Pentagon Mandates Tighter Security Reviews for Foreign Influence in University Research | Kharon The Kharon Brief

Pentagon Mandates Tighter Security Reviews for Foreign Influence in University Research

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By Kharon Staff

July 12, 2023

Military and civilian organizations within the U.S. Department of Defense (DoD) and their private sector university partners must conduct periodic risk-based security reviews of foreign academic partnerships to counter unwanted government influence, a new U.S. government policy memorandum announced. 

In June 2023, the Office of the Undersecretary of Defense for Research and Engineering (OUSD(R&E)) released the new policy for risk-based security reviews of academic and research partnerships as part of the U.S. government’s effort to combat foreign influence in federally funded scientific research. The policy, signed by Undersecretary of Defense for Research and Engineering Heidi Shyu, ensures DoD’s implementation of an all-of-Government risk-based security review process as mandated by the National Defense Authorization Act (NDAA) of 2019 and National Security Presidential Memorandum-33 (NSPM-33), which seeks to strengthen protections of U.S. government-funded Research and Development (R&D) against foreign government interference and exploitation. 

Some government influence at foreign academic institutions leads to practices and behaviors that increase the likelihood that R&D efforts may be misappropriated to undermine national or economic security, as well as violations of research integrity, the policy notes. In April, Kharon published an insight reviewing the challenges that western universities face in identifying the military affiliations of Chinese counterparts. 

DoD’s “Policy for Risk-Based Security Reviews of Fundamental Research” recommends a variety of factors as part of the risk-based security review in assessing a foreign entity’s affiliations, to include: associations with an entity on the U.S. Bureau of Industry and Security (BIS) Entity List, the Denied Persons List, and the list of specially designated nationals and blocked persons maintained by the U.S. Department of the Treasury’s Office of Foreign Assets Control (known as the SDN List), among others.

“Risk-based security reviews shall be conducted, at a minimum, on all fundamental research project proposals that are selected/or award[ed] based on technical merit,” the new policy notes. DoD Components, to include military departments, agencies, and civilian organizations within the Office of the Secretary of Defense, must review research project proposals selected for award to identify security risks associated with foreign government-connected entities and malign foreign talent recruitment programs as defined in the CHIPS and Science Act of 2022.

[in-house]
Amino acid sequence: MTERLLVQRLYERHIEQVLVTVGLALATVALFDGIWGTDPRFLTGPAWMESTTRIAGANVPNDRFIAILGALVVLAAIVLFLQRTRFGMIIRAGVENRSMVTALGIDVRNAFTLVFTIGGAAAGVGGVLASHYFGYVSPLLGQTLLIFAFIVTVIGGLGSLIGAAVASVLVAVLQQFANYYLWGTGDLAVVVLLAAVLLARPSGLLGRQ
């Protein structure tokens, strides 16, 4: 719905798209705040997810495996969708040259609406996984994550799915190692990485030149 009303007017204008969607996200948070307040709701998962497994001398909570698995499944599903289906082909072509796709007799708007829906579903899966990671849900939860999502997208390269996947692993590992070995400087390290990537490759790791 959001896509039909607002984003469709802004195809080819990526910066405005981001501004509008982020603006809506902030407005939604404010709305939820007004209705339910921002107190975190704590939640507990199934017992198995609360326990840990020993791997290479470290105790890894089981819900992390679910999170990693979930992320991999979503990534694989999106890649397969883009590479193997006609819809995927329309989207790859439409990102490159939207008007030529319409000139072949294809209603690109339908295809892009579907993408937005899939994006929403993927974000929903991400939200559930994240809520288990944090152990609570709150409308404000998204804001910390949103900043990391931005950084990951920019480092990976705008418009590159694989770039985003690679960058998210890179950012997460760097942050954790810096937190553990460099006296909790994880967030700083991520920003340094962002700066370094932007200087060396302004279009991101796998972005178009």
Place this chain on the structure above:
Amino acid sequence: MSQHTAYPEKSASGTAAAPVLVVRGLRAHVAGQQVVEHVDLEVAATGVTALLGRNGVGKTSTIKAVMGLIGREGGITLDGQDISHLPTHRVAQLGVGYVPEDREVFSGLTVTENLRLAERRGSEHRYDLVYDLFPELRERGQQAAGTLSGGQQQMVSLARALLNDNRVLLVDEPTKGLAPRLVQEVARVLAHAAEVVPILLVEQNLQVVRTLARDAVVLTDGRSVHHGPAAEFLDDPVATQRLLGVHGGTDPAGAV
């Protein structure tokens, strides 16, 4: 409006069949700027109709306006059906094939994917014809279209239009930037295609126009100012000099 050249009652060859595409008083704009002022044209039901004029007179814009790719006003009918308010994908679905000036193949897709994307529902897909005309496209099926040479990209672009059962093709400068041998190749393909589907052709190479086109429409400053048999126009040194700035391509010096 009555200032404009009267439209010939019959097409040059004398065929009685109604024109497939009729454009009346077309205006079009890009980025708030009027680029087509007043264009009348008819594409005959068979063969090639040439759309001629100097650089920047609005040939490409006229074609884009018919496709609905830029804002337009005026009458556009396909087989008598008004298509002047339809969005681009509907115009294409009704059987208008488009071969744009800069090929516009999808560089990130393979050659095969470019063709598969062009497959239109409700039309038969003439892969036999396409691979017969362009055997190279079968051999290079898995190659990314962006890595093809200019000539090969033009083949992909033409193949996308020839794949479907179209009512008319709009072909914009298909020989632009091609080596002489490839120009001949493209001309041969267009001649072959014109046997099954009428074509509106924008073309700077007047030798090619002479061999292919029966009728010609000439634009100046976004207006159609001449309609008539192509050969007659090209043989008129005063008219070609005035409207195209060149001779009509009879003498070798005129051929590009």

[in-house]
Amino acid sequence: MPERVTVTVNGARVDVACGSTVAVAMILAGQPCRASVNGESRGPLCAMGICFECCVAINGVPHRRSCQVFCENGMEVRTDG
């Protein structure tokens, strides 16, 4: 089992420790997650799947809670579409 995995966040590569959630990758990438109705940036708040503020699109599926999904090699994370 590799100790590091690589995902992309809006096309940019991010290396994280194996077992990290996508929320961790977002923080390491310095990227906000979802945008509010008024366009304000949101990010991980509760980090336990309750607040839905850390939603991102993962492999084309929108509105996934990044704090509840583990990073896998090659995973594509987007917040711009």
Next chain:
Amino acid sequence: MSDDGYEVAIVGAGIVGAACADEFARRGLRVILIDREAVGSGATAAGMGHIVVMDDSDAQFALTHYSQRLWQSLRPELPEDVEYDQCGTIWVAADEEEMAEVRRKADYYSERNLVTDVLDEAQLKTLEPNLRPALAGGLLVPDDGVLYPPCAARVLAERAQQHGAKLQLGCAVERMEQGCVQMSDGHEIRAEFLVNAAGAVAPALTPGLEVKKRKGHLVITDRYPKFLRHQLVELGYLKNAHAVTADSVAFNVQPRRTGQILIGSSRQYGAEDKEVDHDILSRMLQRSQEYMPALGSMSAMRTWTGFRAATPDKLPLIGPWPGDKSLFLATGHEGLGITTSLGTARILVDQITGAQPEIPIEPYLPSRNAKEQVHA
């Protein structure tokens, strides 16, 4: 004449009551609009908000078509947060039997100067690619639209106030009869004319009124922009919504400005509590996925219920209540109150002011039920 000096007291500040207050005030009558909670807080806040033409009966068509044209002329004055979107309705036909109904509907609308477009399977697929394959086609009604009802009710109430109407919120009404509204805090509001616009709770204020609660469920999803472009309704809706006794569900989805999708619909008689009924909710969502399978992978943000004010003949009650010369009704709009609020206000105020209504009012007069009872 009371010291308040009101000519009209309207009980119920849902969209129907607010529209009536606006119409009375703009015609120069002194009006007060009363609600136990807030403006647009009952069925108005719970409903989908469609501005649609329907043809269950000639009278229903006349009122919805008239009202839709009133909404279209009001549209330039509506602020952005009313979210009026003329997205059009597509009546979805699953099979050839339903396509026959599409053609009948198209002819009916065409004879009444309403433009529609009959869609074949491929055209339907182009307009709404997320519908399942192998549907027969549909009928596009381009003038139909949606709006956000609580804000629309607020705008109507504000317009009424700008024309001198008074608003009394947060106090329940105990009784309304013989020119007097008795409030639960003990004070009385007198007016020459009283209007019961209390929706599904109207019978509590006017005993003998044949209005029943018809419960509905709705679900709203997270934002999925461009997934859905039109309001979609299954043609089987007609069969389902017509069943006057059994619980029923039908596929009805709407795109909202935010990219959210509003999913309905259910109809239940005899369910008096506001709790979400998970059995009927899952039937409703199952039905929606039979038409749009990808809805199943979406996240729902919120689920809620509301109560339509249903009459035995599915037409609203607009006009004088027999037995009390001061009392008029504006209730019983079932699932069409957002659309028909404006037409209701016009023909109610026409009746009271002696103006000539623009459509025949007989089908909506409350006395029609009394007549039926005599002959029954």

Foreign Institutions Engaging in Problematic Activity 

The new DoD policy memorandum includes a list of several dozen research institutions in China, Russia, North Korea and Iran “that have been confirmed as engaging in problematic activity,” and advises caution for engaging with those on the list or others not specifically named. 

Ocean University of China – a national public research institution with disciplines ranging from journalism to finance – is among those named. The university, located in the eastern province of Shandong, has not previously been flagged for Chinese military connections, nor has it been subject to sanctions or previously named on any government watchlists. 

In June 2020, the university ranked first in two competitive bids to conduct simulation and statistical research on underwater and ocean dynamics for Unit 61540 of the People’s Liberation Army (PLA), according to a PLA bid announcement reviewed by Kharon.

The University's Institute of Oceanography in Sanya, a coastal city in the South China Sea, likewise ranked first in an August 2020 bid with the PLA's Strategic Support Force to procure a marine environment reanalysis and impact assessment system.

Ocean University is also a member of the governing body for Qingdao National Laboratory for Marine Science and Technology (QNLM) – a deep sea observation research institution that has joint research laboratories with Chinese state-owned defense-related companies and academies. QNLM was added to the BIS Entity List in March 2023 for “acquiring and attempting to acquire U.S.-origin items in support of China’s military modernization efforts,” according to the U.S. government. 

For more insights on the risk dynamics for Chinese military end uses and end users in risk-based compliance and decision-making, see “China’s Military-Industrial Complex: Understanding How New Regulations Impact MEU Risk Management.”

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